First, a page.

Intuitively, most people recognize that workplace culture has a big impact on the success of their organization. Of course, intuition can be wrong, so ideally we would have some research that proves the impact of culture on success. There are, in fact, a number of studies out there that draw that conclusion.
In the end, however, I think the research is not as conclusive as people make it out to be. I first started coming to this conclusion when Maddie and I were researching our book, the Non-Obvious Guide to Employee Engagement. The engagement field is famous for bragging about how increased engagement drives bottom-line results. Gallup has been claiming this for years. Another consulting firm has a post citing a Business 2 Community report claiming “companies with engaged employees outperform those without by 202%.”
Lovely, except all these studies show is correlation. Yes, those with greater profits have more engaged employees, but maybe that’s because they figured out how to have more profit than those other loser companies! Maybe profit drives engagement, rather than the other way around—the data don’t tell us one way or the other. There are similar studies with culture, where researchers measure some kind of alignment with an ideal culture or consistency with core values and show a correlation with success, revenue, profit, etc., but honestly these are not really showing causation either.
The truth is, organizations are a complex jumble of human interactions, and while I absolutely support academia’s efforts to use the scientific method to improve our understanding of how organizations succeed, I think the practice is ahead of the research on this one. Don’t wait for the professor to prove that culture improves the bottom line—just do it.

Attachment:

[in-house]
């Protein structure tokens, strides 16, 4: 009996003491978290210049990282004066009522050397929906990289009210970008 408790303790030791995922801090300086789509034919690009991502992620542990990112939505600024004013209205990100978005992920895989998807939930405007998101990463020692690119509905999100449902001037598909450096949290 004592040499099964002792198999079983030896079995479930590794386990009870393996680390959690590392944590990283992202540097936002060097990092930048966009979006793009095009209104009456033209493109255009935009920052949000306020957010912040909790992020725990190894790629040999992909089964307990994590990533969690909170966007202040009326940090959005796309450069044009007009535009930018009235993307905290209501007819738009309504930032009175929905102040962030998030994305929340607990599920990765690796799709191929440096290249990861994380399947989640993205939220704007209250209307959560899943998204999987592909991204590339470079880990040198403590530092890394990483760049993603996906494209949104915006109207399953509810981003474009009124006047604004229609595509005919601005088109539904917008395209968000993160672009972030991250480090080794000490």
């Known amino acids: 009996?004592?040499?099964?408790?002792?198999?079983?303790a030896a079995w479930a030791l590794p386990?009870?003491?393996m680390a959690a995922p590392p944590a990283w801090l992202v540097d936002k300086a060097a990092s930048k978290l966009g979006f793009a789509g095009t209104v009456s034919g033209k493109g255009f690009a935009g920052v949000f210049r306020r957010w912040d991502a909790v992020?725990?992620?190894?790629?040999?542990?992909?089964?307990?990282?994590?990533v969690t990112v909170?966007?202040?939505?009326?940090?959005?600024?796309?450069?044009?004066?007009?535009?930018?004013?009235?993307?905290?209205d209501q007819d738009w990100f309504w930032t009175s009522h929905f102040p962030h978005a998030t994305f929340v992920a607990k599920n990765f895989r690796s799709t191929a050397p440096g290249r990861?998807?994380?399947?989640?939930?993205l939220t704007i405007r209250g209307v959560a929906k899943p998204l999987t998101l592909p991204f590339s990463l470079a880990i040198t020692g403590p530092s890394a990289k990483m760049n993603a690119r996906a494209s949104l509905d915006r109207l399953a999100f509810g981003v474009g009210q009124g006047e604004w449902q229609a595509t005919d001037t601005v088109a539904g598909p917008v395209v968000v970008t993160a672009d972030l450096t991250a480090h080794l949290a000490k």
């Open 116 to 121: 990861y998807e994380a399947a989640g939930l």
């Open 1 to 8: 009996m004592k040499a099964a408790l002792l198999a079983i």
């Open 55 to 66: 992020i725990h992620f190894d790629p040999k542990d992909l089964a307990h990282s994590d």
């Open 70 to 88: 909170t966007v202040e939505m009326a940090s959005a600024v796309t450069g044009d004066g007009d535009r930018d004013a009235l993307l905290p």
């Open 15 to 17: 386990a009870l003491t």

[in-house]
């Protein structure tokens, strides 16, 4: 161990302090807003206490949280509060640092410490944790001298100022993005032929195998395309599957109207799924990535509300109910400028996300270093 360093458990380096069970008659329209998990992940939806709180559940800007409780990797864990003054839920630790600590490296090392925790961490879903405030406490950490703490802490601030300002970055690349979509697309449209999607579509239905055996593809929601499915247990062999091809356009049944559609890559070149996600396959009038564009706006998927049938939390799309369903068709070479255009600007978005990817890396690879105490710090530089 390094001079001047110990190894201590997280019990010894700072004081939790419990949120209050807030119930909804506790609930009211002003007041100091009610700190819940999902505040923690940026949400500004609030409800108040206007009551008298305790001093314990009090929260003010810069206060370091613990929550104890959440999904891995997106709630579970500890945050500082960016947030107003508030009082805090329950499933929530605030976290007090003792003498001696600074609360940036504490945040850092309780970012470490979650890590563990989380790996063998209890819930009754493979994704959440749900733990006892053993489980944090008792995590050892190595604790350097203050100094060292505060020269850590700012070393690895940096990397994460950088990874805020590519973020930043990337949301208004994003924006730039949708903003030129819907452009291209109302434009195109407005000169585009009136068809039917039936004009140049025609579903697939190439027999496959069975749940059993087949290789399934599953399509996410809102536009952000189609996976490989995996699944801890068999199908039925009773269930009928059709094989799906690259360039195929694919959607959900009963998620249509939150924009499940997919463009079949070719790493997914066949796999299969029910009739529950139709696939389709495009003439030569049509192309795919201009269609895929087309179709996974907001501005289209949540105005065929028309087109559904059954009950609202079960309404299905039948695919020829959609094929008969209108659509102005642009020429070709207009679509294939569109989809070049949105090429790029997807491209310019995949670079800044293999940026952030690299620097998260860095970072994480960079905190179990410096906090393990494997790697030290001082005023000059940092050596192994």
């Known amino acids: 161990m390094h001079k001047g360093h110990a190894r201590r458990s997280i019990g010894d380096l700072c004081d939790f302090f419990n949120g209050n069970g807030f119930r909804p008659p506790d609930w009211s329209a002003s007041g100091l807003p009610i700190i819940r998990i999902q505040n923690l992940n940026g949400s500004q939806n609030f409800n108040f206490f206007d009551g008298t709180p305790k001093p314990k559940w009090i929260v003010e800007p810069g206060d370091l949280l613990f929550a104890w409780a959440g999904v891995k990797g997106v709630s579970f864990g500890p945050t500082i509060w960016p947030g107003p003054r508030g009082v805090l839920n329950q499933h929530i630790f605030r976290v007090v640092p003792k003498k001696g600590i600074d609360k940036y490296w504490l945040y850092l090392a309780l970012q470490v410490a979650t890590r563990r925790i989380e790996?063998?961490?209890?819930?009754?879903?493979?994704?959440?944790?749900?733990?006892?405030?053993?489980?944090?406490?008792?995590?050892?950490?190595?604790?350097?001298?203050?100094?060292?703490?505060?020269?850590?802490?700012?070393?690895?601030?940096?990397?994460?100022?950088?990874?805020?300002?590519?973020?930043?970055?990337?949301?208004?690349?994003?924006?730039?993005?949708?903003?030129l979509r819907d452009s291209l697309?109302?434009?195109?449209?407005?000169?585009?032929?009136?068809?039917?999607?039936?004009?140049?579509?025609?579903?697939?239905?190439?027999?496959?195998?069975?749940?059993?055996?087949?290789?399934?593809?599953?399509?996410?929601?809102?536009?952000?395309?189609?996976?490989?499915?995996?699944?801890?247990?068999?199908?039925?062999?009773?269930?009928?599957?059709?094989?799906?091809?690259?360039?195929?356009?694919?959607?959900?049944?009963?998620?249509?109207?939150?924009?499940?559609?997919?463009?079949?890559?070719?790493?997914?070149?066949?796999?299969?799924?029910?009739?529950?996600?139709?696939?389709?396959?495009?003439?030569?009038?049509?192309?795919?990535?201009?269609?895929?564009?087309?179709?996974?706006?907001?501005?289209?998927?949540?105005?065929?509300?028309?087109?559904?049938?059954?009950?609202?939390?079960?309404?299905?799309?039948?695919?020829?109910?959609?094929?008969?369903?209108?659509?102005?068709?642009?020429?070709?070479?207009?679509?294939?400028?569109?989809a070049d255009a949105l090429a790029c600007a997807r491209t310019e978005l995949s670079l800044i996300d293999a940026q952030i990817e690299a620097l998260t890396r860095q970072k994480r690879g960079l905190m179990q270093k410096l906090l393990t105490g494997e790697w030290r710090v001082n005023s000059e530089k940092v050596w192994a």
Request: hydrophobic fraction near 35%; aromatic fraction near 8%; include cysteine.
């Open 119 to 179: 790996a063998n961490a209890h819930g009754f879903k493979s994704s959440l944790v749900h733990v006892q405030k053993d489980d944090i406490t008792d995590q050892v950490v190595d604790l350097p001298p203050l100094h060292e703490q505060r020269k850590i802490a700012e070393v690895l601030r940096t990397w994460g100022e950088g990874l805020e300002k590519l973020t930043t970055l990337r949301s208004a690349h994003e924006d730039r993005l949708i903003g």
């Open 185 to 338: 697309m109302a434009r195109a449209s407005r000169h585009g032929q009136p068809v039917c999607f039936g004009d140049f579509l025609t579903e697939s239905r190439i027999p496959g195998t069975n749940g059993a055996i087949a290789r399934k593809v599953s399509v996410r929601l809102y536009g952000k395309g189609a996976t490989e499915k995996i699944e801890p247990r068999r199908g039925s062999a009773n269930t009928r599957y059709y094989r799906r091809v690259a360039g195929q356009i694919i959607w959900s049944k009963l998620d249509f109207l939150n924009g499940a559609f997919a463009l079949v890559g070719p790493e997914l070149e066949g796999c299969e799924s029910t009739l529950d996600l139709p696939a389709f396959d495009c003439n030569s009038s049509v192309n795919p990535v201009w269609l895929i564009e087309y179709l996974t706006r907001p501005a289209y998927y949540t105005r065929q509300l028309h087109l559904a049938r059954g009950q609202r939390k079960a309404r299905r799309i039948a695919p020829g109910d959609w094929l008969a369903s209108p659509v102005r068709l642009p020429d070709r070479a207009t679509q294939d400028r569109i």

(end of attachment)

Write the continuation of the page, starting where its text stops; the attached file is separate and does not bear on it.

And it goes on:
Think of it like this. If you want to grow some crops, there are multiple factors that go into the quality and quantity of your harvest. Some things are out of your control, like the weather, but others absolutely are, like the quality of your soil. If you want, you can ignore the quality of your soil and hope for the best. To be honest, that might be just fine, depending on where you started your farm, at least for the short- and medium-term. Or, you could apply what we know about soil science and add some fertilizer to the soil. That won’t guarantee you a huge harvest, because there are too many other factors at play, but it’s definitely going to increase your chances.
Culture is the same way. I can’t prove that creating a particular culture will guarantee better bottom line results, and anyone who makes that claim is definitely trying to sell you something. But I do know culture science, and I know organizations that intentionally shaped their culture to be consistent with what makes them successful and saw incredible results. So don’t wait for proof, and don’t hope for good luck. Use what we know and design the most powerful culture you can.